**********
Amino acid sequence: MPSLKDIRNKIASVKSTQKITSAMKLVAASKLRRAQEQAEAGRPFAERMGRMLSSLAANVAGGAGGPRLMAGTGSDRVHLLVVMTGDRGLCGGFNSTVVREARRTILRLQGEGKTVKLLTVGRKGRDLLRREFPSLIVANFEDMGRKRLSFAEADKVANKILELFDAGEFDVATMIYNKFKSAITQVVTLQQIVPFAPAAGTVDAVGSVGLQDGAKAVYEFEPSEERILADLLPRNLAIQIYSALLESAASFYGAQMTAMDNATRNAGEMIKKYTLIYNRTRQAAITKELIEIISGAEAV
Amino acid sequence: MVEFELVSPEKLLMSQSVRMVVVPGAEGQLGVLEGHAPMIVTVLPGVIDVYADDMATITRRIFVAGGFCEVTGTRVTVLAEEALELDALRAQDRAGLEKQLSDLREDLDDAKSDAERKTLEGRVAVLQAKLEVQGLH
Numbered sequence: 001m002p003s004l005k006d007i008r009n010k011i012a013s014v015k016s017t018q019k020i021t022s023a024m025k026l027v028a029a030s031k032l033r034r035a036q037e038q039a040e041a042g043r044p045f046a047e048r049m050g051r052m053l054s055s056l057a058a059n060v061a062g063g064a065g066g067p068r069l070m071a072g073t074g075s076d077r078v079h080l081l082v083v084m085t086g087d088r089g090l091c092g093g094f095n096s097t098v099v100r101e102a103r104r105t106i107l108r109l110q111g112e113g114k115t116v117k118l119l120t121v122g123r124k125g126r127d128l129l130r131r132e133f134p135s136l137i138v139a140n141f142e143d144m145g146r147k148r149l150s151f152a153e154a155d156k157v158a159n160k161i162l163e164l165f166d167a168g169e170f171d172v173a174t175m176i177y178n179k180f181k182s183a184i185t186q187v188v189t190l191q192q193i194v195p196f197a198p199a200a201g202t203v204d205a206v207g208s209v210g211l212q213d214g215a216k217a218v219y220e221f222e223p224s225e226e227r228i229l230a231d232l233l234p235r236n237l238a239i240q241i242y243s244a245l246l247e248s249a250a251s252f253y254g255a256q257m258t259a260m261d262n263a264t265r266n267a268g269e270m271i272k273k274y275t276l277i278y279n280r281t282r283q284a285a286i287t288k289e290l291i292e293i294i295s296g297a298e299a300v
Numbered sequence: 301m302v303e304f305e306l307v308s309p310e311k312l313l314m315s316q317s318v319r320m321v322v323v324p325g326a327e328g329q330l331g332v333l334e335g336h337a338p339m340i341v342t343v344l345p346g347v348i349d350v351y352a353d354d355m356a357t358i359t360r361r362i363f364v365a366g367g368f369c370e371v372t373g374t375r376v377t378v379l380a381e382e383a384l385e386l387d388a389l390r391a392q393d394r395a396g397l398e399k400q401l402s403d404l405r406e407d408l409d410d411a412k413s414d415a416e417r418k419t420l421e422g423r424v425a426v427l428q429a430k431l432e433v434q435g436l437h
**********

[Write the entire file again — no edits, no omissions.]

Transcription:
Amino acid sequence: MPSLKDIRNKIASVKSTQKITSAMKLVAASKLRRAQEQAEAGRPFAERMGRMLSSLAANVAGGAGGPRLMAGTGSDRVHLLVVMTGDRGLCGGFNSTVVREARRTILRLQGEGKTVKLLTVGRKGRDLLRREFPSLIVANFEDMGRKRLSFAEADKVANKILELFDAGEFDVATMIYNKFKSAITQVVTLQQIVPFAPAAGTVDAVGSVGLQDGAKAVYEFEPSEERILADLLPRNLAIQIYSALLESAASFYGAQMTAMDNATRNAGEMIKKYTLIYNRTRQAAITKELIEIISGAEAV
Amino acid sequence: MVEFELVSPEKLLMSQSVRMVVVPGAEGQLGVLEGHAPMIVTVLPGVIDVYADDMATITRRIFVAGGFCEVTGTRVTVLAEEALELDALRAQDRAGLEKQLSDLREDLDDAKSDAERKTLEGRVAVLQAKLEVQGLH
Numbered sequence: 001m002p003s004l005k006d007i008r009n010k011i012a013s014v015k016s017t018q019k020i021t022s023a024m025k026l027v028a029a030s031k032l033r034r035a036q037e038q039a040e041a042g043r044p045f046a047e048r049m050g051r052m053l054s055s056l057a058a059n060v061a062g063g064a065g066g067p068r069l070m071a072g073t074g075s076d077r078v079h080l081l082v083v084m085t086g087d088r089g090l091c092g093g094f095n096s097t098v099v100r101e102a103r104r105t106i107l108r109l110q111g112e113g114k115t116v117k118l119l120t121v122g123r124k125g126r127d128l129l130r131r132e133f134p135s136l137i138v139a140n141f142e143d144m145g146r147k148r149l150s151f152a153e154a155d156k157v158a159n160k161i162l163e164l165f166d167a168g169e170f171d172v173a174t175m176i177y178n179k180f181k182s183a184i185t186q187v188v189t190l191q192q193i194v195p196f197a198p199a200a201g202t203v204d205a206v207g208s209v210g211l212q213d214g215a216k217a218v219y220e221f222e223p224s225e226e227r228i229l230a231d232l233l234p235r236n237l238a239i240q241i242y243s244a245l246l247e248s249a250a251s252f253y254g255a256q257m258t259a260m261d262n263a264t265r266n267a268g269e270m271i272k273k274y275t276l277i278y279n280r281t282r283q284a285a286i287t288k289e290l291i292e293i294i295s296g297a298e299a300v
Numbered sequence: 301m302v303e304f305e306l307v308s309p310e311k312l313l314m315s316q317s318v319r320m321v322v323v324p325g326a327e328g329q330l331g332v333l334e335g336h337a338p339m340i341v342t343v344l345p346g347v348i349d350v351y352a353d354d355m356a357t358i359t360r361r362i363f364v365a366g367g368f369c370e371v372t373g374t375r376v377t378v379l380a381e382e383a384l385e386l387d388a389l390r391a392q393d394r395a396g397l398e399k400q401l402s403d404l405r406e407d408l409d410d411a412k413s414d415a416e417r418k419t420l421e422g423r424v425a426v427l428q429a430k431l432e433v434q435g436l437h